Peace, love and omega-3’s!
    (ps. it’s PMT brownies tonight. hope it works magic!)

    • Reply Susan Jane April 19, 2015 at 4:42 pm

      Hello Shaz! So kind of you to say so! Glad we found your kitchen 😉 Here’s wishing your pots and pans infinite amounts of giddiness xxx

  • Reply sheila fogarty April 22, 2015 at 9:56 am

    I have mislaid your yummy recipe for coconut bread with sweet potatoe, maple syrup, flaxseed, brown rice flour etc – just need the proportions?

    Regards,

    Sheila.

  • Reply sheila fogarty April 22, 2015 at 9:56 am

    I have mislaid your yummy recipe for coconut bread with sweet potatoe, maple syrup, flaxseed, brown rice flour etc – just need the proportions?

    Regards,

    Sheila.

    • Reply Susan Jane April 26, 2015 at 3:31 pm

      Oh gosh! I’ll have to resurrect it – not sure where it is. Leave it with me. Published in The SUnday Indo though so likely online 😉

  • Reply Kay April 24, 2015 at 5:34 pm

    Just made the black bread based on Flaxseeds. It is seriously good thank you. I did not have the oregano and only had sundried tomatoes to hand and it still tastes wonderful. I am a Coeliac so trust me,good bread is hard to find !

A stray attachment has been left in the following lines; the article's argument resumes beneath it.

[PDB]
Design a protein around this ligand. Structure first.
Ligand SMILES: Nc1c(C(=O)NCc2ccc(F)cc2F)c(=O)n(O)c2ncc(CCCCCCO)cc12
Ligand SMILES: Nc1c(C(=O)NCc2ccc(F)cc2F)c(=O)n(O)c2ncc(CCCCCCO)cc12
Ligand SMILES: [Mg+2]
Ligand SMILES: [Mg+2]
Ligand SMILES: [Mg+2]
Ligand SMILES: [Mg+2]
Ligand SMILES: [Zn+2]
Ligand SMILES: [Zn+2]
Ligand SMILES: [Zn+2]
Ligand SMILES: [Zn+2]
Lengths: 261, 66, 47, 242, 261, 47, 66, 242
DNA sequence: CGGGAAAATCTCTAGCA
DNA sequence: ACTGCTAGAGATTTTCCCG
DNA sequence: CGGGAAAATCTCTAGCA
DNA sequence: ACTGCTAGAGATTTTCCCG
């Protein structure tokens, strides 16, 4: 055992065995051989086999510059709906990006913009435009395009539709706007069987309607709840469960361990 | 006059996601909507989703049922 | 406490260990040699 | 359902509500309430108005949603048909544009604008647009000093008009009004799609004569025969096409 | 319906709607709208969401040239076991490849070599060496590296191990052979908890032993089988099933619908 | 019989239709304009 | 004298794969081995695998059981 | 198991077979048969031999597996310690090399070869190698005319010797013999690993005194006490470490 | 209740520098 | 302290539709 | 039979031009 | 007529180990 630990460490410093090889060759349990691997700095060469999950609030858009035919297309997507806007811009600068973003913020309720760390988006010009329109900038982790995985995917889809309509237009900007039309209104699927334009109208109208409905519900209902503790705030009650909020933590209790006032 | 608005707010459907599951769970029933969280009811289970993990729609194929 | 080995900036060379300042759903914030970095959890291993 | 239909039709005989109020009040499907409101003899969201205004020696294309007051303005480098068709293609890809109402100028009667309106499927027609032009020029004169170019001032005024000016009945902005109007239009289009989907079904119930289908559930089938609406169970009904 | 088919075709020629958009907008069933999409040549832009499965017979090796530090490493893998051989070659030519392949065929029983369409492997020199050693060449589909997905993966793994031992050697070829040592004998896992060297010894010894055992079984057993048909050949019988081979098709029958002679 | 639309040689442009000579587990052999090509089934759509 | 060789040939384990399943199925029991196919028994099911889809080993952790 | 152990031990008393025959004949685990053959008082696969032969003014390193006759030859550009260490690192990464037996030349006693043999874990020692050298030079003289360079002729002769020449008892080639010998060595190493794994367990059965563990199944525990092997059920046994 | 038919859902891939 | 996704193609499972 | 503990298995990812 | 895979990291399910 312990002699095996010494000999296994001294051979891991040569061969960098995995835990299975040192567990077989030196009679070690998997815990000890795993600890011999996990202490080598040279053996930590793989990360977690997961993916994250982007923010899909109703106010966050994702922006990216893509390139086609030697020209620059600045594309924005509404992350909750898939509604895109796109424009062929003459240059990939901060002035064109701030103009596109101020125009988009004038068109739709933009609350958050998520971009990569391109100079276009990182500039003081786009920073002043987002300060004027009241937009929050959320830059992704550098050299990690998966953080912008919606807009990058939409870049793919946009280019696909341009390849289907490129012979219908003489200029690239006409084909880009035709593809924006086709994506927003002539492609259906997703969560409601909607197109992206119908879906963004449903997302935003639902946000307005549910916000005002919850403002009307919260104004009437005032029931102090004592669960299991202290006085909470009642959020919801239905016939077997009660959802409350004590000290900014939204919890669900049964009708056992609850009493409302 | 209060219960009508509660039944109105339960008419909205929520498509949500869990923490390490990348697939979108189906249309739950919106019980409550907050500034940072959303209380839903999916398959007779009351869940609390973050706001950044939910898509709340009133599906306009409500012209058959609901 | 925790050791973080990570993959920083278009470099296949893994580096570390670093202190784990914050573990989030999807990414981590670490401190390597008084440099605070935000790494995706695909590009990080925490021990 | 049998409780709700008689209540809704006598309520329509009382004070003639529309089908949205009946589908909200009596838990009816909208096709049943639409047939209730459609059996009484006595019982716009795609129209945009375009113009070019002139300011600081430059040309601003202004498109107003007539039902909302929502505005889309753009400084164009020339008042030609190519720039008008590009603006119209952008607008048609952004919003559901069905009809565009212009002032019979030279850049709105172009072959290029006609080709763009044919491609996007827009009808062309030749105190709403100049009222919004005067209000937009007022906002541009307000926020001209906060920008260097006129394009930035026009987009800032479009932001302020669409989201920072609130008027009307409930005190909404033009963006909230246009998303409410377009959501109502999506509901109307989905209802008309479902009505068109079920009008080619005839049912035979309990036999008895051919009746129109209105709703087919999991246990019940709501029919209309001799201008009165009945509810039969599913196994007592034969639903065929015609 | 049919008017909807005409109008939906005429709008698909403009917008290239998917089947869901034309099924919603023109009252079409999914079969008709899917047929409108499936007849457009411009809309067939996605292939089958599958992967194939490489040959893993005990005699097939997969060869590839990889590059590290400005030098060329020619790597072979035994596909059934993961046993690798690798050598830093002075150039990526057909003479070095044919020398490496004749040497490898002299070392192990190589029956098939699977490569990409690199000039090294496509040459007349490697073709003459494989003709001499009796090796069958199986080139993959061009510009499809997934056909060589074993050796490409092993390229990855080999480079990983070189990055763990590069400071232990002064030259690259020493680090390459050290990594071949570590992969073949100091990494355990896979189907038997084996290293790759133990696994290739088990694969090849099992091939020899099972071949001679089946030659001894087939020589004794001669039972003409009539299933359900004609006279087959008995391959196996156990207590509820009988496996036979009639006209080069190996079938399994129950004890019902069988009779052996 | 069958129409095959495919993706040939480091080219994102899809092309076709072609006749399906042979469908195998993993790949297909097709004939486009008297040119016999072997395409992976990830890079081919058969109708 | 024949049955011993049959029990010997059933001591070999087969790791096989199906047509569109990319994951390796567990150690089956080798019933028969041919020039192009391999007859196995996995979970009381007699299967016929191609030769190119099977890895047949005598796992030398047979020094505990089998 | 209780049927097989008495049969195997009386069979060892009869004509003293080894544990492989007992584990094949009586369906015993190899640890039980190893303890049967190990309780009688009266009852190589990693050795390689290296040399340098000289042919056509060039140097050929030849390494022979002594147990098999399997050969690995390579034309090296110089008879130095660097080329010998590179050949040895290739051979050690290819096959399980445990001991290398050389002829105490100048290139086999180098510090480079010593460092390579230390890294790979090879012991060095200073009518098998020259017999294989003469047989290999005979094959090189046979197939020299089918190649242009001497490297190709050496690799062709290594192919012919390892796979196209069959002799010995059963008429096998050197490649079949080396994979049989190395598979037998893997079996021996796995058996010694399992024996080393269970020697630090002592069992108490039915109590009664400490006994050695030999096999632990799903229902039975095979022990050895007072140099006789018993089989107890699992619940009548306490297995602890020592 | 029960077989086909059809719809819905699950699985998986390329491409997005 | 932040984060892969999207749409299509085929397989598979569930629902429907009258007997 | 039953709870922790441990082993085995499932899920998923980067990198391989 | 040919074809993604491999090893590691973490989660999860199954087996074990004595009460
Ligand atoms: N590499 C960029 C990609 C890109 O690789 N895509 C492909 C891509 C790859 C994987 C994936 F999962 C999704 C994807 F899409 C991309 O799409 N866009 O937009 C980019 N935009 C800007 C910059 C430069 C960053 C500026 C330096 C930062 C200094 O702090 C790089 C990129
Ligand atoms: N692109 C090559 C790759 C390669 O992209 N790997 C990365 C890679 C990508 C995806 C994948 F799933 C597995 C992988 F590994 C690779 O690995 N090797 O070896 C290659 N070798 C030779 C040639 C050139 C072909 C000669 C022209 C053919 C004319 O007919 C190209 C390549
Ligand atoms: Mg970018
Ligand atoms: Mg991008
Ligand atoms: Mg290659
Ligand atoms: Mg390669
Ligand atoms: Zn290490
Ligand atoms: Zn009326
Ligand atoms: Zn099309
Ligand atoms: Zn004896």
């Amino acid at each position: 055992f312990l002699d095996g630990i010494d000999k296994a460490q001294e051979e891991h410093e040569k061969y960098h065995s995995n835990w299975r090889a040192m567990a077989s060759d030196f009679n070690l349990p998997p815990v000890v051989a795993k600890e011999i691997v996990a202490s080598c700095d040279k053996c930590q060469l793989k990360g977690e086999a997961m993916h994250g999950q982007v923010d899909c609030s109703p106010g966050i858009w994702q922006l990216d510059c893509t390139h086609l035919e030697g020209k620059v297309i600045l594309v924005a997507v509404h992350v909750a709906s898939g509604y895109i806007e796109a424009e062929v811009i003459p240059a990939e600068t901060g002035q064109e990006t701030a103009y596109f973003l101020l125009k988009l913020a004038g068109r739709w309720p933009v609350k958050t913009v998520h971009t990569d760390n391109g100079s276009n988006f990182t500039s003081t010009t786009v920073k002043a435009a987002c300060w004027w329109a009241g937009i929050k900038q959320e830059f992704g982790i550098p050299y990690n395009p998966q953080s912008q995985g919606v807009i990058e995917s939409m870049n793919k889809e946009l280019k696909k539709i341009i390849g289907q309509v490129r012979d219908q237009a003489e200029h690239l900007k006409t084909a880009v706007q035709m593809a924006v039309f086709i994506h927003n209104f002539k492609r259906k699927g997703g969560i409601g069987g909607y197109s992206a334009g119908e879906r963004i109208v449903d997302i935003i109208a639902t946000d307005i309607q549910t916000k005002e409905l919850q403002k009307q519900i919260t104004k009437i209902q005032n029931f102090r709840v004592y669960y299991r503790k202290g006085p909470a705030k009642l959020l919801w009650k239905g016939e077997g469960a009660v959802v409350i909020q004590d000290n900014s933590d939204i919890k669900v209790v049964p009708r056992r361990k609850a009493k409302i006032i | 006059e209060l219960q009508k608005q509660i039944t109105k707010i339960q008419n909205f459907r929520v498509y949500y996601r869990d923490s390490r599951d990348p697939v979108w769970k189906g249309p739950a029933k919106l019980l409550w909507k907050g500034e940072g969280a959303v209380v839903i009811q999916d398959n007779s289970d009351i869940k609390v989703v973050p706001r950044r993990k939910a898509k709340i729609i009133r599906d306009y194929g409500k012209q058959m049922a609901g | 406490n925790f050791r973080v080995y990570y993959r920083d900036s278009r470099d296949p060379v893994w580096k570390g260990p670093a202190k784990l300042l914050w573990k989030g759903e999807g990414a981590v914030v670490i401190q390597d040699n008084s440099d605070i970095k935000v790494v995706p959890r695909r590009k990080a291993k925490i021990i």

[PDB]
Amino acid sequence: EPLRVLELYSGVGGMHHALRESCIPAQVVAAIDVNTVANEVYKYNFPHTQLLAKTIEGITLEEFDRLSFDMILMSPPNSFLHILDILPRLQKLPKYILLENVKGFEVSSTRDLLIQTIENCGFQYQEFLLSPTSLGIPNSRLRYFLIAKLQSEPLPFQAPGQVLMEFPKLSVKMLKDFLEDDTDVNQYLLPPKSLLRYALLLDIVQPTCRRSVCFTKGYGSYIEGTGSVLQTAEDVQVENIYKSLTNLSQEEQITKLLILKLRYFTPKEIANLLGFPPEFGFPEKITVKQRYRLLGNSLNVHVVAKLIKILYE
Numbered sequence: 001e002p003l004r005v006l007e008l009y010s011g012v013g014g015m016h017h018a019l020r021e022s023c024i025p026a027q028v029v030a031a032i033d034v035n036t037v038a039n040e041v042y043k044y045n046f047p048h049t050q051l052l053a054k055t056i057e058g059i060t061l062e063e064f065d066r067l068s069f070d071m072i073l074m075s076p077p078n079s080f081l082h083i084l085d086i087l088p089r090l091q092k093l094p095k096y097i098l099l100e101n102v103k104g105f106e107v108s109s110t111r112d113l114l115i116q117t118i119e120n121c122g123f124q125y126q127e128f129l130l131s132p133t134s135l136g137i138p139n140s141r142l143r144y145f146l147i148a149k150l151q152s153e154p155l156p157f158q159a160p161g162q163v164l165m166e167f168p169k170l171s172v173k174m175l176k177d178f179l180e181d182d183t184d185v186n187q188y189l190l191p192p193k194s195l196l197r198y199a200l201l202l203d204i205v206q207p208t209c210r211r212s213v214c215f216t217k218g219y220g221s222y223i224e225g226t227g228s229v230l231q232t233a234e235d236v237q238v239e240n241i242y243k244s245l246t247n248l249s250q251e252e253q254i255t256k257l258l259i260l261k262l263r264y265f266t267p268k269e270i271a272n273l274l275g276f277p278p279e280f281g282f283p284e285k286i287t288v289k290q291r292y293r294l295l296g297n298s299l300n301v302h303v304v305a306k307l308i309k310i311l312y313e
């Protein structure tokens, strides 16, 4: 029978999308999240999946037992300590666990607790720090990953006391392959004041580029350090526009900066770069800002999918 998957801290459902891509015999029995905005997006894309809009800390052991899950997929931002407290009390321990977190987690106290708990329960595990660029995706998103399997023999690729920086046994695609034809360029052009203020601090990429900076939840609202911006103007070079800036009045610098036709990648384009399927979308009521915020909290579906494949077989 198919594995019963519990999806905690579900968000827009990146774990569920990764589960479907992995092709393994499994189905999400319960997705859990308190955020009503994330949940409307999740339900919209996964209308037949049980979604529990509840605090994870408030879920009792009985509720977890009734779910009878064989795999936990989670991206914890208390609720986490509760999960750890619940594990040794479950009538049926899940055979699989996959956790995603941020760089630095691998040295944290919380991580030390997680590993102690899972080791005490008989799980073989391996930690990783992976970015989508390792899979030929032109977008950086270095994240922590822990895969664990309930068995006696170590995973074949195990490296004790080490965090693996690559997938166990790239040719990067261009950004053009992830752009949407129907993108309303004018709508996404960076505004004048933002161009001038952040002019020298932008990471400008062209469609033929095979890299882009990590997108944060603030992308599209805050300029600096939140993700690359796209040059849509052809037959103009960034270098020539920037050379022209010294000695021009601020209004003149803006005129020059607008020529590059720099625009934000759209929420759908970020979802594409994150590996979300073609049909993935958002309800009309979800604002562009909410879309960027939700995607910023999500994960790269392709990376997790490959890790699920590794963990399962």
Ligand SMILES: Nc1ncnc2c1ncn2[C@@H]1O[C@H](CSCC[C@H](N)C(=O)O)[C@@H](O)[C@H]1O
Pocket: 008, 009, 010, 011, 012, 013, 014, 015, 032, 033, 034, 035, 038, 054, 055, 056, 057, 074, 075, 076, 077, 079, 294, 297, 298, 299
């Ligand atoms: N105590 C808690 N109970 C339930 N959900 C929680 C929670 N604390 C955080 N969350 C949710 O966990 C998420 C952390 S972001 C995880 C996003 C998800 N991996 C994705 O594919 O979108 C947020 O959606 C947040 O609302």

You are a natural on video and I love your relaxed attitude.Too many folk are put off cooking / baking as it all seems to formal and difficult. I love that you banish that myth.

    • Reply Susan Jane April 26, 2015 at 3:29 pm

      Thanks Kay! That’s wonderful feedback to get. I’ll save up to do some more videos of my other favourite dishes 😉 Glad the bread found your kitchen!

  • Reply When bread was toast… | Emco Eats May 16, 2015 at 3:36 pm

    […] you fancy giving a Paleo bread a go, here’s a video showing how to make a slightly different version of this bread (with olives and sundried tomato […]

  • Reply Erin May 24, 2015 at 6:12 pm

    Hi Susan! Really excited to try this bread, I’m mixing it all up right now. As a Canadian gal, I’m well familiar with molasses and LOVE it. I’ve looked in 5 different grocery stores here in Dublin though and haven’t been able to find it. Where did you get yours? 

    • Reply Susan Jane May 25, 2015 at 5:49 pm